Installing drip irrigation
Drip irrigation systems are ideal for desert plants because they apply water slowly and deeply to a plant's root zone, which allows dry desert soil time to absorb water that would otherwise evaporate or run off.
At least three days before you do any digging, remember to "Call Before You Dig" by dialing 811 to check for any buried utility lines.
Drip irrigation components
With the many different components that make up a drip irrigation system, it's easy to feel overwhelmed. First, familiarize yourself with all the parts of the system.
The irrigation clock serves as a "brain," regulating watering. This device can be programmed to run your system automatically and is wired to the electrically operated valves.
Backflow prevention device
The backflow prevention device is a valve that prevents irrigation water from flowing back into your home's drinking-water supply. This device is critical for health and safety and must be included in any irrigation system. Local codes require the installation of a pressure vacuum breaker (PVB), a backflow prevention device that is easily tested and can accomodate multiple irrigation valves. A freeze-proof model is recommended.
Electric control valve
The electric control valve is an automatic valve that controls the flow of water to the irrigation lines. It is wired to your irrigation clock and opens and closes according to your clock's programmed schedule.
A filter must be installed after the control valve to trap any particles in the water that may clog the drip emitters. At least a 150 mesh filter is recommended.
A pressure regulator is a required component that reduces pressure to the lowest level required for drip systems, usually about 20–30 pounds per square inch (PSI).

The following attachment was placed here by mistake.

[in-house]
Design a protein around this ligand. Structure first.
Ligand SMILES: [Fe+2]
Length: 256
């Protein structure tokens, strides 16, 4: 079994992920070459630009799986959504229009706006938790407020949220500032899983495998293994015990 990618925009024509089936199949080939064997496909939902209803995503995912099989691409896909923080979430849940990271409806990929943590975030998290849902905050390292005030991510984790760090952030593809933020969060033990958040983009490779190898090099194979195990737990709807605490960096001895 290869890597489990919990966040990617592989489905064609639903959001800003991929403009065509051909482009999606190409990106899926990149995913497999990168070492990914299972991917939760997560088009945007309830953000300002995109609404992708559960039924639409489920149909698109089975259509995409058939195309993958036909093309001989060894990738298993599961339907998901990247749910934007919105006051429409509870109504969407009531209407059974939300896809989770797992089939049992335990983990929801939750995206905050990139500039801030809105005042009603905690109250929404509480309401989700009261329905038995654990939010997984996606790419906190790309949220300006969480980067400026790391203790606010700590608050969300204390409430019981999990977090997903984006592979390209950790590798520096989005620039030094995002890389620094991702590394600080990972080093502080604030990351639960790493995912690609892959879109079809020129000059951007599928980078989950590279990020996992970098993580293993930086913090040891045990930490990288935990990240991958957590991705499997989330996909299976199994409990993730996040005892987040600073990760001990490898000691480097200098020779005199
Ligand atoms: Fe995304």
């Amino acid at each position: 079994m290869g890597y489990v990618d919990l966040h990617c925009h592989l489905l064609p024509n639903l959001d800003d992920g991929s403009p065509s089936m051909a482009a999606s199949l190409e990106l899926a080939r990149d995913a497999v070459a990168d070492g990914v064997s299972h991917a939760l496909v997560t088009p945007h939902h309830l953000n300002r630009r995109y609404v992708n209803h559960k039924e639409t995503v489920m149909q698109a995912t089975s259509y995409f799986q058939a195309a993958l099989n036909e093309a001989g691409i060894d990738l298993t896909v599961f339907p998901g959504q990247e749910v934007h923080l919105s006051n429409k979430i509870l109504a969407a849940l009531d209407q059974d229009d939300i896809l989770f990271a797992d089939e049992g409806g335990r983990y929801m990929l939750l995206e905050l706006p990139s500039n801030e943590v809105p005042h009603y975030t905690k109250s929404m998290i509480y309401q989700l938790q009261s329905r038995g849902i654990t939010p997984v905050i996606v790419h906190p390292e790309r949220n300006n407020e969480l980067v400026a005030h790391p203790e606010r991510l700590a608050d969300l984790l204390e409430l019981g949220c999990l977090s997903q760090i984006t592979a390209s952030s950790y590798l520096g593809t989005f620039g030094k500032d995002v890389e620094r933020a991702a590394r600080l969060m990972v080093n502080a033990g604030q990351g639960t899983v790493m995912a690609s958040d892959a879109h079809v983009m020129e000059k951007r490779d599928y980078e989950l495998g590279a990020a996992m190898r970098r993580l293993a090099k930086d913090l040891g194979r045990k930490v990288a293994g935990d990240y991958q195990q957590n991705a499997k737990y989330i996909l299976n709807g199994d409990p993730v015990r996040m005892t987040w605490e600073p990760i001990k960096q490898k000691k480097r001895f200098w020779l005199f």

Pipes and tubing
The pipes and tubing of an irrigation system carries water throughout the system. Pipes are generally either hard, white polyvinyl chloride (PVC) pipe or a black, flexible polyethylene pipe (PE). Drip systems use mostly PE but will include some PVC at strategic points.
The emitter delivers water directly to the plants. Many different types of emitters can be used, including single-point emitters, multiple-outlet emitters and drip lines (emitters and piping combined in one continual piece). Pressure-compensating emitters are suggested as they control water for even application on long rows or uneven slopes. Emitter flow rates range from .5 gallons per hour (GPH) to 20 GPH and cannot flow higher than 20 GPH.
The end or flush cap is attached at the end of an irrigation line so the system can be flushed clean of any accumulating debris.
Installing drip irrigation
Use these tips to help you install a drip irrigation system.
Drip irrigation basics
Water conservation expert Toby Bickmore explains the complexities of a drip irrigation system and its many components.
Installing tree irrigation: Trees require water in a larger area to allow the roots to spread out and provide a sturdy base for the tree. Young trees need enough drip emitters to cover the canopy from the tree trunk out to the ends of the branches. Mature trees should have enough drip emitters surrounding it that 50 to 75 percent of the tree's canopy area should be wet.
The process of installing an irrigation system can be broken down into these eight steps:
Backflow prevention assembly
City codes require that a backflow prevention assembly must be included in your irrigation system. The backflow prevention device stops irrigation water that potentially carries chemicals such as fertilizer or weed killers from flowing backward into your home's drinking water. While home builders in Southern Nevada typically install a pressure vacuum valve (PVB) during construction, changes to your landscape may require moving it to a higher elevation or new location. A plumbing permit, which is obtainable through the city or county, is required for installation. Call before installation to get clear code requirements.
If a new backflow prevention assembly or moving the assembly is required, determine a location for placement. The most common type used on homes in Southern Nevada is called a pressure vacuum breaker (PVB). It should be at least 12 inches above the highest irrigation device and 12 inches away from any walls to allow for access. If you have a large hill with irrigation on your property, the PVB should be installed higher than the hill, or you can install an additional PVB at that location.
The valve box is buried underground and protects the valves, filter and pressure regulator. To install the valve box, follow these steps:
- Wet the ground to soften for digging.